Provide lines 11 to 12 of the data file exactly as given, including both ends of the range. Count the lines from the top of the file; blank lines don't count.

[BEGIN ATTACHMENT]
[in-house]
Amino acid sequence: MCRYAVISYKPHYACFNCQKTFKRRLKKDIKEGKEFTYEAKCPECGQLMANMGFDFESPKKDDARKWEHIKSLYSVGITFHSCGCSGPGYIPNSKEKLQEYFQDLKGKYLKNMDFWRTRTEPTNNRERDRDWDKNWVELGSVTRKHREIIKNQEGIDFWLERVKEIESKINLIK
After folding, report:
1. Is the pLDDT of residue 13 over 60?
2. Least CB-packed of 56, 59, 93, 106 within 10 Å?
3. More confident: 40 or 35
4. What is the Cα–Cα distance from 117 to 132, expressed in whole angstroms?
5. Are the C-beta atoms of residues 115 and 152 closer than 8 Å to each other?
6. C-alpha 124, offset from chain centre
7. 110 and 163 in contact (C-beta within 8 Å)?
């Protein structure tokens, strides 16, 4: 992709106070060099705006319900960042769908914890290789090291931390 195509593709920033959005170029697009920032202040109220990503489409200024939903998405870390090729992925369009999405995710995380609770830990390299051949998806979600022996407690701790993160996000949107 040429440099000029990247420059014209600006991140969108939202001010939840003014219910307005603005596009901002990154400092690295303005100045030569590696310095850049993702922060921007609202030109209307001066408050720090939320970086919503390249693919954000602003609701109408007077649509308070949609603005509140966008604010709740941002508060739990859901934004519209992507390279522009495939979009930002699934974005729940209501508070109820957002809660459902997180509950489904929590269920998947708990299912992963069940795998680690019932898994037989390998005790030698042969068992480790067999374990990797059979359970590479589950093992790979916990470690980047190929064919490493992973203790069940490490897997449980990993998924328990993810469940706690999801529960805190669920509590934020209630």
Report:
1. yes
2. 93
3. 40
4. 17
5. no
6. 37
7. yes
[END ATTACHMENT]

């Protein structure tokens, strides 16, 4: 992709106070060099705006319900960042769908914890290789090291931390 195509593709920033959005170029697009920032202040109220990503489409200024939903998405870390090729992925369009999405995710995380609770830990390299051949998806979600022996407690701790993160996000949107 040429440099000029990247420059014209600006991140969108939202001010939840003014219910307005603005596009901002990154400092690295303005100045030569590696310095850049993702922060921007609202030109209307001066408050720090939320970086919503390249693919954000602003609701109408007077649509308070949609603005509140966008604010709740941002508060739990859901934004519209992507390279522009495939979009930002699934974005729940209501508070109820957002809660459902997180509950489904929590269920998947708990299912992963069940795998680690019932898994037989390998005790030698042969068992480790067999374990990797059979359970590479589950093992790979916990470690980047190929064919490493992973203790069940490490897997449980990993998924328990993810469940706690999801529960805190669920509590934020209630």
Report: